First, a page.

The wizard can be terminated and setup up done as a series of separate steps through the Web
Interface if desired or alternatively through the CLI. Initial setup and the wizard are described in
detail in the relevant Getting Started Guide.
Multi-language Support
The Web Interface login dialog offers the option to select a language other than English for the
interface. Language support is provided by a set of separate resource files.
It may occasionally be the case that a cOS Core upgrade can contain features that temporarily
lack a complete non-English translation because of time constraints. In this case the original
English will be used as a temporary solution in place of a translation to the selected language.
The Web Browser Interface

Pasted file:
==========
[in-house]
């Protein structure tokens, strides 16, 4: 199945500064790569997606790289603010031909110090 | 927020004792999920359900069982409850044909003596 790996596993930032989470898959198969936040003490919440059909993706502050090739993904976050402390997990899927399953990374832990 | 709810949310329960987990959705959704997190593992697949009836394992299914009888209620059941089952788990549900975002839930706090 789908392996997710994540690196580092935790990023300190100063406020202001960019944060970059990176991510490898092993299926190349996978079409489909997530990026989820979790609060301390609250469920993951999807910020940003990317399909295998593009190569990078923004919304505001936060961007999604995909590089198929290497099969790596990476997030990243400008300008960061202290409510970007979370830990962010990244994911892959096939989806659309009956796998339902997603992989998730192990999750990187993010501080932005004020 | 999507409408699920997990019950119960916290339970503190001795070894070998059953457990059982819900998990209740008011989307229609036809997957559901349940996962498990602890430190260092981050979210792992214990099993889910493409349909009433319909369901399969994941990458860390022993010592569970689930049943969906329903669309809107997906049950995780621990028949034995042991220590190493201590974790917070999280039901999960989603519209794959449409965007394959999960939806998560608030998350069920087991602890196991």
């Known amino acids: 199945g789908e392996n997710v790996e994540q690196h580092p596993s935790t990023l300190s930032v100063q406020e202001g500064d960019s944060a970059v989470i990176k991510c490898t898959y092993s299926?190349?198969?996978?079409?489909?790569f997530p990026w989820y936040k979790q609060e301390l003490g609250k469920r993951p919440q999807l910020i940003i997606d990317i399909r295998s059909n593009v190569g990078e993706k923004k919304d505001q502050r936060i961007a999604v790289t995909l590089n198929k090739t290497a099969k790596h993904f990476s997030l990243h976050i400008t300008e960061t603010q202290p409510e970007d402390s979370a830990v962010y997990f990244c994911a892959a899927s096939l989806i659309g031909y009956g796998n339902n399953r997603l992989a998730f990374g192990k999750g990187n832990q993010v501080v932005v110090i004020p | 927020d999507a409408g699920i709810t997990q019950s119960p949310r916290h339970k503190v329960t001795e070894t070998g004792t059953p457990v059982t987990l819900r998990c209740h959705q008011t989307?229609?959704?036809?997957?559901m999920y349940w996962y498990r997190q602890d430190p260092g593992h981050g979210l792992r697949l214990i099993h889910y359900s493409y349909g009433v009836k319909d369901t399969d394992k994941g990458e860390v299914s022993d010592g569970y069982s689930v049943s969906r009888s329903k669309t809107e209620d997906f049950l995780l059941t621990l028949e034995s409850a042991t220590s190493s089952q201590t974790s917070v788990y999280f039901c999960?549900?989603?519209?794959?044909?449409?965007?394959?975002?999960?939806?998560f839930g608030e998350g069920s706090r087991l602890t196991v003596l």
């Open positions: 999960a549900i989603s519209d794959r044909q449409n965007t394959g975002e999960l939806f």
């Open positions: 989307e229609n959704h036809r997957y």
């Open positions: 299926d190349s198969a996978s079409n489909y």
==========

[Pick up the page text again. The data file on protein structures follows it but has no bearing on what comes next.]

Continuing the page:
On the left hand side of the Web Interface is a tree which allows navigation to the various sets of
cOS Core objects. The central area of the Web Interface displays information about those
modules. Current performance information is shown by default.
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Chapter 2: Management and Maintenance
Note: Security policies control remote management access
Access to the Web Interface is regulated by the configured remote management policy.
By default, the system will only allow web access from the internal network. For more
information about this topic, see Section 2.1.8, “Changing Management Access”.
Interface Layout
The main Web Interface page is divided into three major sections:
A. Menu bar
The menu bar located at the top of the Web Interface contains a series of
buttons for accessing different aspects of the configuration.
B. Object Navigator
C. Main Window
The navigator located on the left-hand side of the Web Interface
is divided into a number of sections related to the chosen menu
bar item.
The main window contains configuration or status details corresponding